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Scanlon v. Commonwealth, Child Support Division

United States District Court, E.D. Kentucky, Northern Division, Covington

May 27, 2014

RICH SCANLON, Plaintiff,



Rich Scanlon ("Scanlon") is an inmate confined in the Kenton County Detention Center in Covington, Kentucky. Proceeding pro se, Scanlon filed a civil rights complaint, pursuant to 42 U.S.C. § 1983, against the Commonwealth of Kentucky Child Support Division concerning his incarceration for failing to make child support payments to the Commonwealth of Kentucky's Child Support Division on behalf of a minor child. [R. 3]

Because Scanlon has been granted in forma pauperis status and because he has named a governmental entity as the defendant, the Court must conduct a preliminary review of Scanlon's complaint. 28 U.S.C. §§ 1915(e)(2), 1915A. A district court must dismiss any claim that is frivolous or malicious, fails to state a claim upon which relief may be granted, or seeks monetary relief from a defendant who is immune from such relief. McGore v. Wrigglesworth, 114 F.3d 601, 607-08 (6th Cir. 1997). The Court evaluates Scanlon's complaint under a more lenient standard because he is not represented by an attorney. Erickson v. Pardus, 551 U.S. 89, 94 (2007); Burton v. Jones, 321 F.3d 569, 573 (6th Cir. 2003). At this stage, the Court accepts Scanlon's factual allegations as true, and his legal claims are liberally construed in his favor. Bell Atlantic Corp. v. Twombly, 550 U.S. 544, 555-56 (2007). Having reviewed the complaint, the Court must dismiss it, pursuant to Fed.R.Civ.P. 12(h)(3), for lack of subject-matter jurisdiction.


Based on the statements made in his compliant, it appears that Scanlon's incarceration concerns his child support obligations covering the period of time from 1998 to 2013. Scanlon states:

Over the past 3 years I feel somewhat harresed, [sic] as I pay in with work, trust and yearly tax's. [sic] I feel I have overpaid as they have based this off of the trust.
I am in the Kenton County Jail for a 3-year sentence which feel as if I am in a debtor's prison.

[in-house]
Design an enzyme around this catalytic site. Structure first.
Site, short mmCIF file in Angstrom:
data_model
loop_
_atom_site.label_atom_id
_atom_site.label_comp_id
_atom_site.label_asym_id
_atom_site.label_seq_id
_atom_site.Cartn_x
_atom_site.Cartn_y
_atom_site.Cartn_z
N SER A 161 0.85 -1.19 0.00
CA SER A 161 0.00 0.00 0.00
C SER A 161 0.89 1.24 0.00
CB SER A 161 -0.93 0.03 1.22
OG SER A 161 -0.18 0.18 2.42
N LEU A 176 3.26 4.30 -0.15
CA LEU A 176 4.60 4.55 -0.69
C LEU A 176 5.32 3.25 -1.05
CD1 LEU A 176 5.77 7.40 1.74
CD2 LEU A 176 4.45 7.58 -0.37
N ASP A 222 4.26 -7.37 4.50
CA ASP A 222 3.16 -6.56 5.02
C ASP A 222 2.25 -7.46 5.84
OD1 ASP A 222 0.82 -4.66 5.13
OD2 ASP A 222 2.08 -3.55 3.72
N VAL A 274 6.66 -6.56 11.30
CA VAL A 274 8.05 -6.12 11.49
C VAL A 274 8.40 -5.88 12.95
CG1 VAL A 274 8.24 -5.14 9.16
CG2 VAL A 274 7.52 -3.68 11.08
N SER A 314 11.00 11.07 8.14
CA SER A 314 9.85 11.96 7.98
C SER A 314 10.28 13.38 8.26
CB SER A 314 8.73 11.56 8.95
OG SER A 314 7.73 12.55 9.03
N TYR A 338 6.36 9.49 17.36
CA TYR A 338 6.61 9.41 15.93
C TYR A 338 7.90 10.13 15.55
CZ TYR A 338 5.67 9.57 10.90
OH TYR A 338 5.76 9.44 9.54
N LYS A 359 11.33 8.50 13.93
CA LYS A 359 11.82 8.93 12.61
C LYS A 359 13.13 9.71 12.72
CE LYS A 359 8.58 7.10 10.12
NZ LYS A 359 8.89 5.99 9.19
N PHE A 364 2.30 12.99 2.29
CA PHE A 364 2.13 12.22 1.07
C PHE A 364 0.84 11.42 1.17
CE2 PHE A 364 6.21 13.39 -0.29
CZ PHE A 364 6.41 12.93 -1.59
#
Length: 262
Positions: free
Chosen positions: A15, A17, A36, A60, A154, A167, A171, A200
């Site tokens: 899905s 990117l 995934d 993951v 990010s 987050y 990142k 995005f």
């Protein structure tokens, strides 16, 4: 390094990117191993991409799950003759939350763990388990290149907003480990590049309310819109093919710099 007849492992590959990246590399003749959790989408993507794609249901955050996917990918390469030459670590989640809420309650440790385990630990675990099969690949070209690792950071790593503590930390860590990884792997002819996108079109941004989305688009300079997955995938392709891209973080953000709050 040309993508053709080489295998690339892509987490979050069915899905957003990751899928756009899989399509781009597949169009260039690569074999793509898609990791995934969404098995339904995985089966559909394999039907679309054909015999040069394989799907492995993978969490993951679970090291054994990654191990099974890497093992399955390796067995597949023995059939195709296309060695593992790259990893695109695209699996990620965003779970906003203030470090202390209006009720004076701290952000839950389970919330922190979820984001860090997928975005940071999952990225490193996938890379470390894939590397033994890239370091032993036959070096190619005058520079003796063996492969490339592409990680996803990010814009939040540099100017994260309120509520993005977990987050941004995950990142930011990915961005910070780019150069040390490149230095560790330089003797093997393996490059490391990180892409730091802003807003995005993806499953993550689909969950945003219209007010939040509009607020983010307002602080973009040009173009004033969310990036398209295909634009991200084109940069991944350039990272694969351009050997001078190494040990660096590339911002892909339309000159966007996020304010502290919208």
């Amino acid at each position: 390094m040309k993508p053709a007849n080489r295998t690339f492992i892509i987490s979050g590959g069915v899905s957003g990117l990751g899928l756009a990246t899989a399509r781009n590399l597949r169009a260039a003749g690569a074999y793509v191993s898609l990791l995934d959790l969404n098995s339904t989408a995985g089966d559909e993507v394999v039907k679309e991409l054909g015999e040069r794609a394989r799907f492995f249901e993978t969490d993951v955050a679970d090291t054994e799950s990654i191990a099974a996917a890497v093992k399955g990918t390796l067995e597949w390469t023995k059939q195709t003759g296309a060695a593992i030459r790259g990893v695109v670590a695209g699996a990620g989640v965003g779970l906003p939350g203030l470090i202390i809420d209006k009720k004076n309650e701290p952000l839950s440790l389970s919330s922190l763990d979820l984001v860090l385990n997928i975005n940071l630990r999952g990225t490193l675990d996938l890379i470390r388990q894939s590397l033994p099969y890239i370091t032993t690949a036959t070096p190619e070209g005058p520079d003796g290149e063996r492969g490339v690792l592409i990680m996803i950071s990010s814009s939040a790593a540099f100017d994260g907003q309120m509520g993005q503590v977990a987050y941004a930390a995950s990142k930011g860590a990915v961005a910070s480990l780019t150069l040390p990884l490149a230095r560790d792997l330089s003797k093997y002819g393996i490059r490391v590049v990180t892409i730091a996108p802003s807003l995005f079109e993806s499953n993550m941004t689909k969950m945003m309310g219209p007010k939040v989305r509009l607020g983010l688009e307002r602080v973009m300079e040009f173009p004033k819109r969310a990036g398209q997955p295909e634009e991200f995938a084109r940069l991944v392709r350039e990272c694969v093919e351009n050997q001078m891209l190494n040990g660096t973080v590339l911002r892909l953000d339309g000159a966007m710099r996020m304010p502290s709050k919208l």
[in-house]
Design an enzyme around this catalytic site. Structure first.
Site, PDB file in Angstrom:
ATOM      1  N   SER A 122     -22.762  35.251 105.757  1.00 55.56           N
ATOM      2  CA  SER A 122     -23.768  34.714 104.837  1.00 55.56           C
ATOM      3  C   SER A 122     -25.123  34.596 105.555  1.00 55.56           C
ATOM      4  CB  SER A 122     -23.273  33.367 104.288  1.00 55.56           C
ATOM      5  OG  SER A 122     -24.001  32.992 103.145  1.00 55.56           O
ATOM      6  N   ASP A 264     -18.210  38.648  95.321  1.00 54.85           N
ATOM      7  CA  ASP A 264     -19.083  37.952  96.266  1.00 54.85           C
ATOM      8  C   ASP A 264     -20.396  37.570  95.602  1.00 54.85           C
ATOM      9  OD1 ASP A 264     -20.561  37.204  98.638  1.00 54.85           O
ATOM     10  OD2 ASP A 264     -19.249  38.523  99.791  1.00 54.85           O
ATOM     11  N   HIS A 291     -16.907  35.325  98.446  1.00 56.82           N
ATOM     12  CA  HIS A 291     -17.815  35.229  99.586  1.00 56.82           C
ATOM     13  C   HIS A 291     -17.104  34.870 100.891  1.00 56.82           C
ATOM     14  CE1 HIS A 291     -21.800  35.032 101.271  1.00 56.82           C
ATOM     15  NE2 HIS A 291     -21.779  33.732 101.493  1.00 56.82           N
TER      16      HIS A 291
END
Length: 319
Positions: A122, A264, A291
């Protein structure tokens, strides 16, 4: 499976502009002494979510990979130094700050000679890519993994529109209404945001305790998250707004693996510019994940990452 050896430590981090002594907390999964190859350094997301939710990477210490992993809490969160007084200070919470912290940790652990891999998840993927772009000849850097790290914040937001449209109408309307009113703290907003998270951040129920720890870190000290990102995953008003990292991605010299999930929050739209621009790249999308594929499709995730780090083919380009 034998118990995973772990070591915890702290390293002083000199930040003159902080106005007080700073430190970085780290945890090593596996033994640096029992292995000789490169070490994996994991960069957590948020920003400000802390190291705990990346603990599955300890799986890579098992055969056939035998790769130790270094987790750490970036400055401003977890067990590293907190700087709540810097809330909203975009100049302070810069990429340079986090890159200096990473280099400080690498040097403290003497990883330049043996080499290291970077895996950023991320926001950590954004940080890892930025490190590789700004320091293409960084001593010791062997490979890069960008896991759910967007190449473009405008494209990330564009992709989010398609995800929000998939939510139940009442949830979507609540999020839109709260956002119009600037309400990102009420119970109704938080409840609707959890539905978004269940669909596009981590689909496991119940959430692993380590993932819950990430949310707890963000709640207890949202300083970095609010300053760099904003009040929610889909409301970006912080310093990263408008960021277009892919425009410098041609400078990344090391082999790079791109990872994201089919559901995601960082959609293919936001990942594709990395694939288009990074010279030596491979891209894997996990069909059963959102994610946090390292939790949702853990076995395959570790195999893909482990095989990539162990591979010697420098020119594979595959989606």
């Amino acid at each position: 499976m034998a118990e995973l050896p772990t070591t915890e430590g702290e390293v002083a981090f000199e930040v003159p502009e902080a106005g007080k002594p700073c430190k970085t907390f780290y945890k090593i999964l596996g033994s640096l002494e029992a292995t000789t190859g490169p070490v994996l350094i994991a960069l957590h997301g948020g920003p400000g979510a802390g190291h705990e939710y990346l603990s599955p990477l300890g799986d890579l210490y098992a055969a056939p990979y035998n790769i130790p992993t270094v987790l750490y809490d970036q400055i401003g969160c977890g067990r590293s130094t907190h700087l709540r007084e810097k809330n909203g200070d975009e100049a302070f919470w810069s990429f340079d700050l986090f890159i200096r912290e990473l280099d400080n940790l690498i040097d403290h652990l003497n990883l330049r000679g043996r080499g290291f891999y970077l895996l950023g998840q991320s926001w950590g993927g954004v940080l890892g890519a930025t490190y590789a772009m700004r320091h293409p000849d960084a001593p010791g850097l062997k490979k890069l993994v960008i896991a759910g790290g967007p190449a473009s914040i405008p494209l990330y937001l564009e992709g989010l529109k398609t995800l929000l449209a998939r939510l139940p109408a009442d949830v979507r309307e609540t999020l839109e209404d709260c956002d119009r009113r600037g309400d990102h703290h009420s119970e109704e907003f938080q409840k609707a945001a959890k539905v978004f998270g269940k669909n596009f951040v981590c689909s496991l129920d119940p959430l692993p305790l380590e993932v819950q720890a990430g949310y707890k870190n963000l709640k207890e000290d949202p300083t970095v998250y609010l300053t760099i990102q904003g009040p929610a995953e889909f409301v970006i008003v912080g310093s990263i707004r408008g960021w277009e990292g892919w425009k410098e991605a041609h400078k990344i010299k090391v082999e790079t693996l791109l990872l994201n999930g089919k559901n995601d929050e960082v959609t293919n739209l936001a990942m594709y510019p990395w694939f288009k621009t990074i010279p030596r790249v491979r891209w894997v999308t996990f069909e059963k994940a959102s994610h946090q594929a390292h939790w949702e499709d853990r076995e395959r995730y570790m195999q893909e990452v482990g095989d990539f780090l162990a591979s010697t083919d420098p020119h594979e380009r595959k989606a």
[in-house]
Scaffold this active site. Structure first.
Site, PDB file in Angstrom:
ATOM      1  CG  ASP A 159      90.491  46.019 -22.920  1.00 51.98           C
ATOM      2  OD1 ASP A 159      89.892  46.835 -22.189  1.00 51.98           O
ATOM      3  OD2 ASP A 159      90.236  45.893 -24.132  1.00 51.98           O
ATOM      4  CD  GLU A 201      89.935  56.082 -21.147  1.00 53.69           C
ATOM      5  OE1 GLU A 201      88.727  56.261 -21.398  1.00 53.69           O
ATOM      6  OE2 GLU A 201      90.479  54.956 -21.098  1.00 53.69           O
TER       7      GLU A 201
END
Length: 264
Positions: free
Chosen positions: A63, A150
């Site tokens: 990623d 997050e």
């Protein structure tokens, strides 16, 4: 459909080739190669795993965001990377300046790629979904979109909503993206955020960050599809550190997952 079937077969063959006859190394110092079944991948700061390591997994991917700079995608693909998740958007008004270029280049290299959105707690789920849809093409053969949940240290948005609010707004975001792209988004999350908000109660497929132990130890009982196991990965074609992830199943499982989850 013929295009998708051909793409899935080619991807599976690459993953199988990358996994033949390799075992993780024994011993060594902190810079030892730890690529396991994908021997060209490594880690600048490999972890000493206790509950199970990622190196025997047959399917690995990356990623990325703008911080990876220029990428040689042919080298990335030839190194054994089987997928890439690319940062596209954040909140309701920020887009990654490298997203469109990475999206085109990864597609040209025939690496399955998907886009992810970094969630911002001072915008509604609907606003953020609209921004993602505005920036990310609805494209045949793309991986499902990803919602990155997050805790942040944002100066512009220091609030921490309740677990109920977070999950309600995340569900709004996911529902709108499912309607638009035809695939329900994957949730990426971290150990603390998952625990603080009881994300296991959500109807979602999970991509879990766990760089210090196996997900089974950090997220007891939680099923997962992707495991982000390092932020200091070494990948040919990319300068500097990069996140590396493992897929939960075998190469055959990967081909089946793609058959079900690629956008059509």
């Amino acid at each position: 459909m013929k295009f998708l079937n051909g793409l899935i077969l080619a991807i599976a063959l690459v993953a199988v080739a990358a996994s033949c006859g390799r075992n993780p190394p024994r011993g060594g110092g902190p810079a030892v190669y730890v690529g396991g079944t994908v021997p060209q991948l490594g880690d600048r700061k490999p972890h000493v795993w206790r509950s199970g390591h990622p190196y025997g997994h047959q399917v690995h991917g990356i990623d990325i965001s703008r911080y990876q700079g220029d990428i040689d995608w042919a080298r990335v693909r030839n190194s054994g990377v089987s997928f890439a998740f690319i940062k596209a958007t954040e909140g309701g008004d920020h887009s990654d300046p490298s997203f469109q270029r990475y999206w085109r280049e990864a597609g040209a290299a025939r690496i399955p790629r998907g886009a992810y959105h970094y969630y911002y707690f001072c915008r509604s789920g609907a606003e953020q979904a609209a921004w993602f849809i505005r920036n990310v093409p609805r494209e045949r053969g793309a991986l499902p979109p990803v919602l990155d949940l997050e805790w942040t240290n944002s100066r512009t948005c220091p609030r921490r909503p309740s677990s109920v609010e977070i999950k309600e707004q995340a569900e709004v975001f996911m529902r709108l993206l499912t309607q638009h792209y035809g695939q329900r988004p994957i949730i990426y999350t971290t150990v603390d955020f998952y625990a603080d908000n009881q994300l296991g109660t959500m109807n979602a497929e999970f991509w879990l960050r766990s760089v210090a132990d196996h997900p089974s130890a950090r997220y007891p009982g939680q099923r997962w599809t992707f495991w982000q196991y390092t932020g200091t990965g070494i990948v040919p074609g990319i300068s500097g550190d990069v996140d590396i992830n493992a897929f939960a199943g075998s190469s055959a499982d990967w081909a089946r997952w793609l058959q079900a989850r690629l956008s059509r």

Complaint [R. 3, p. 3]

Scanlon makes reference to 532.350 (presumably Kentucky Revised Statute 532.350) and states that he is unsure "if I fall into this 100%." [R. 3, p. 4] He appears to claim that the Child Support Division is using "jail as a debtor's prison." Id. For relief, Scanlon requests the following:

Any lost time and expenses from this. Would like the last six years of payments looked at. Also feel a Commission Panel should be formed to look at laws and procedures. And feel [sic] a non-biased advocate office for help.

R. 3, p. 5.


The Kentucky Department of Corrections' website reflects that on December 2, 2013, Scanlon was convicted in Kenton Circuit Court of Flagrant Non-Support, in violation of KRS 530.050, a Class D felony, and that he received a five-year prison sentence. Commonwealth of Kentucky v. Richard Scanlon, Kenton Circuit Court Criminal Case No. 09-CR-392. See &Pagenum=1 (last visited on May 22, 2014). Thus, the present action appears to be related to Scanlon's criminal conviction in Kenton Circuit Court for flagrant non-support.

It appears that Scanlon questions the propriety of the amount of his court-ordered child support payments, and he has requested an accounting of his child support payments for the past six years. It is unclear whether Scanlon appealed his conviction for flagrant non-support or otherwise sought relief from the Kenton Circuit Court regarding his child support obligations.

Other than the United States Supreme Court, federal courts are without jurisdiction to adjudicate claims which seek review of a state decision on the ground that the decision violated the federal constitutional rights of one of the parties. See District of Columbia Court of Appeals v. Feldman, 460 U.S. 462, 482-86 (1983); Rooker v. Fidelity Trust Co., 263 U.S. 413 (1923); see also Briscoe v. Jackson, 285 F.Appx. 205, 207 (6th Cir.2008); Scotti v. Brennan, No. 09-11953, 2009 WL 1689892, at *2 (E.D. Mich. June 16, 2009) ("United States District Courts do not have jurisdiction over challenges to state court decisions even if those challenges allege that the state court's action was unconstitutional.")

Furthermore, domestic relations law is governed by state law and state institutions. Principles of federalism preclude federal court challenges to state court orders in child custody and child support matters. See, e.g., Jones v. Child Support Division, No. 3:09-cv-89-H, 2009 WL 2240389 (W.D. Ky. July 24, 2009); Hisquierdo v. Hisquierdo, 439 U.S. 572, 581 (1979); Roman-Nose v. N.M. Dep't of Human Servs., 967 F.2d 435, 437 (10th Cir.1992) (federal action alleging constitutional infirmity in state parental-rights proceeding could not be maintained under § 1983). If Scanlon is dissatisfied with the ruling of a state court concerning his child support payments or obligations, he must either appeal those rulings in a timely manner or request that the court modify its ruling. Thus, Scanlon's challenge to the state's child-support order must be dismissed for lack of subject-matter jurisdiction. See Fed.R.Civ.P. 12(h)(3) ("If the court determines at any time that it lacks subject-matter jurisdiction, the court must dismiss the action.").

Accordingly, IT IS ORDERED that Scanlon's complaint is DISMISSED, sua sponte, for lack of subject-matter jurisdiction and that Judgment shall be entered contemporaneously with this Memorandum Opinion and Order in favor of the named Defendant.

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